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Fall is upon us and so are a slew of new and noteworthy LGBT books.
Liveright is publishing the long-awaited new collection by Allan Gurganus, author of the beloved bestselling novel Oldest Living Confederate Widow Tells All. Local Souls is a humorous and humane portrait of a contemporary tight-knit southern community.
From the publisher:
Through memorable language and bawdy humor, Gurganus returns to his mythological Falls, North Carolina, home of Widow. This first work in a decade offers three novellas mirroring today’s face-lifted South, a zone revolutionized around freer sexuality, looser family ties, and superior telecommunications, yet it celebrates those locals who have chosen to stay local. In doing so, Local Souls uncovers certain old habits—adultery, incest, obsession—still very much alive in our New South, a “Winesburg, Ohio” with high-speed Internet.
Steerforth is publishing a provocative, and sure to be controversial, new book from writer Stephen Jimenez that reexamines the murder of Matthew Shepard. With The Book of Matt: Hidden Truths About the Murder of Matthew Shepard, Jimenez seeks to reveal new details and long-hidden truths surrounding the notorious crime.
Stephen Jimenez went to Laramie to research the story of Matthew Shepard’s murder in 2000, after the two men convicted of killing him had gone to prison, and after the national media had moved on. His aim was to write a screenplay on what he, and the rest of the nation, believed to be an open-and-shut case of bigoted violence. As a gay man, he felt an added moral imperative to tell Matthew’s story. But what Jimenez eventually found in Wyoming was a tangled web of secrets. His exhaustive investigation also plunged him deep into the deadly underworld of drug trafficking. Over the course of a thirteen-year investigation, Jimenez traveled to twenty states and Washington DC, and interviewed more than a hundred sources.
Who was the real Matthew Shepard and what were the true circumstances of his brutal murder? And now that he was larger than life, did anyone care? The Book of Matt is sure to stir passions and inspire dialogue as it re-frames this misconstrued crime and its cast of characters, proving irrefutably that Matthew Shepard was not killed for being gay but for reasons far more complicated — and daunting.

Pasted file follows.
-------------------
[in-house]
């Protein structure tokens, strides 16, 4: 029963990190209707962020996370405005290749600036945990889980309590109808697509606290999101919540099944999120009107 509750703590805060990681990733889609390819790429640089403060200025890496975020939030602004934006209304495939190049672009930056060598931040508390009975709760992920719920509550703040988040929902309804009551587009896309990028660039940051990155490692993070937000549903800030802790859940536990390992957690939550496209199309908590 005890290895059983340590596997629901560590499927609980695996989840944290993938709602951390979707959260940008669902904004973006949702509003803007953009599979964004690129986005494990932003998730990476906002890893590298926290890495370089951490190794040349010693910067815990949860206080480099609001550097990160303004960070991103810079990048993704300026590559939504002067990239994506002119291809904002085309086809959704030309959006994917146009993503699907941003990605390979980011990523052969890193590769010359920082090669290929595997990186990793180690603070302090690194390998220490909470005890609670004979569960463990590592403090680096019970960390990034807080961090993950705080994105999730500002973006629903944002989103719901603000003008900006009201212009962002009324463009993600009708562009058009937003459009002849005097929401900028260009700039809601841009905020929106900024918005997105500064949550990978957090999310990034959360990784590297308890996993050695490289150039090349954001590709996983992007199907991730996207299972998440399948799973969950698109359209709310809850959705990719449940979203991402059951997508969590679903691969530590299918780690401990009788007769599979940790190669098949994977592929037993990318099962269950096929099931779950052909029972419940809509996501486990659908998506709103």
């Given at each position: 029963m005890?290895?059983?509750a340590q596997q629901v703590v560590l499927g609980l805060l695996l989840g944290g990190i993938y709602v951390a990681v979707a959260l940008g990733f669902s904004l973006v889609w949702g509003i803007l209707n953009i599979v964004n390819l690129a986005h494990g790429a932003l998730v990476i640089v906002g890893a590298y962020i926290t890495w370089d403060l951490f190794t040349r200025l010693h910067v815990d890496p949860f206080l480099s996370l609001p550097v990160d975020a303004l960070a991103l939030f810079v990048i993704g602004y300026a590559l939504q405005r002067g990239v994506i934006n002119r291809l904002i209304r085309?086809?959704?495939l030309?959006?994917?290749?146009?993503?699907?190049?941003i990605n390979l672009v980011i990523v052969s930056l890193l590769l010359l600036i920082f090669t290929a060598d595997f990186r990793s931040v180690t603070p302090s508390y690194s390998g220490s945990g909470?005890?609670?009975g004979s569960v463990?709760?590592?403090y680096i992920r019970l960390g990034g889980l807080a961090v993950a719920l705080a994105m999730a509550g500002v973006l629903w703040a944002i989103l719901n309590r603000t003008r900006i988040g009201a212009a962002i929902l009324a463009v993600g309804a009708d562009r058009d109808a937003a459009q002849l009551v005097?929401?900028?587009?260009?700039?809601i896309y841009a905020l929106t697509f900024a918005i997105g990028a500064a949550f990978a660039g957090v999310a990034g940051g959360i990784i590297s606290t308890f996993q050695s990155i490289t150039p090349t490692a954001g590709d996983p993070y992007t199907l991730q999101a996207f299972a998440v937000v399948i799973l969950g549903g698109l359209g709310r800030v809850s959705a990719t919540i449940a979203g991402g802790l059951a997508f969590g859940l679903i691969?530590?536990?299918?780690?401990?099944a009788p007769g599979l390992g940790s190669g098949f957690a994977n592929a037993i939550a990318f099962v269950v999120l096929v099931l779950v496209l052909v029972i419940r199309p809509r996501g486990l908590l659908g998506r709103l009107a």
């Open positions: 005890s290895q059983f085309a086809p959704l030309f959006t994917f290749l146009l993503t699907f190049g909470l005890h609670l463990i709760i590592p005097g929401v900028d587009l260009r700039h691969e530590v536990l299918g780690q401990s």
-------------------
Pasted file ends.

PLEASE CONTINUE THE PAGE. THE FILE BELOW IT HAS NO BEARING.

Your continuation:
This month also sees the release of The Princess and the Outlaw: Tales from the Torrid Past (Lethe Press), a collection of erotic-tinged tales from author Jean Roberta:
The women awaiting you in these pages might be fierce Amazons in ancient Greece, maidens and princesses of the medieval era, ingenues like Alice awaiting new and more sensual adventures beyond the rabbit hole, or outlaws and pirates. But each and every one is open to the delights and passions of flesh and fantasy. Most of the couplings are with other women—friends, confidantes, instructors, lovers—but the wealth of erotic encounters is not solely confined to the Sapphic. These are, after all, a selection of erotist Jean Roberta’s finer historical short tales. So do not fear a bit of prick for the open petals which may be parted by another woman’s hand. Embrace what we all have down below, what we choose to expose and explore.
French artist and writer Julia Maroh’s celebrated graphic novel Blue is the Warmest Color (Arsenal Pulp Press), which inspired a Palme D’or winning film, finally receives a stateside release this month:
Originally published in French as Le bleu est une couleur chaude, Blue is the Warmest Color is a graphic novel about growing up, falling in love, and coming out. Clementine is a junior in high school who seems average enough: she has friends, family, and the romantic attention of the boys in her school. When her openly gay best friend takes her out on the town, she wanders into a lesbian bar where she encounters Emma: a punkish, confident girl with blue hair. Their attraction is instant and electric, and Clementine find herself in a relationship that will test her friends, parents, and her own ideas about herself and her identity.
Vividly illustrated and beautifully told, Blue Is the Warmest Color is a brilliant, bittersweet, full-color graphic novel about the elusive, reckless magic of love. It is a lesbian love story that crackles with the energy of youth, rebellion, and desire.
Author Joel Derfner deconstructs gay marriage from a very personal vantage point in his new book Lawfully Wedded Husband: How My Gay Marriage Will Save the American Family (University of Wisconsin Press):
When Joel Derfner’s boyfriend proposed to him, there was nowhere in America the two could legally marry. That changed quickly, however, and before long the two were on what they expected to be a rollicking journey to married bliss. What they didn’t realize was that, along the way, they would confront not just the dilemmas every couple faces on the way to the altar—what kind of ceremony would they have? What would they wear? Did they have to invite Great Aunt Sophie?—but also questions about what a relationship can and can’t do, the definition of marriage, and, ultimately, what makes a family.
Add to the mix a reality show whose director forces them to keep signing and notarizing applications for a wedding license until the cameraman gets a shot she likes; a family marriage history that includes adulterers, arms smugglers, and poisoners; and discussions of civil rights, Sophocles, racism, grammar, and homemade Ouija boards—coupled with Derfner’s gift for getting in his own way—and what results is a story not just of gay marriage and the American family but of what it means to be human.
As always, if we missed an author or book, or if you have a book coming out next month, please email us.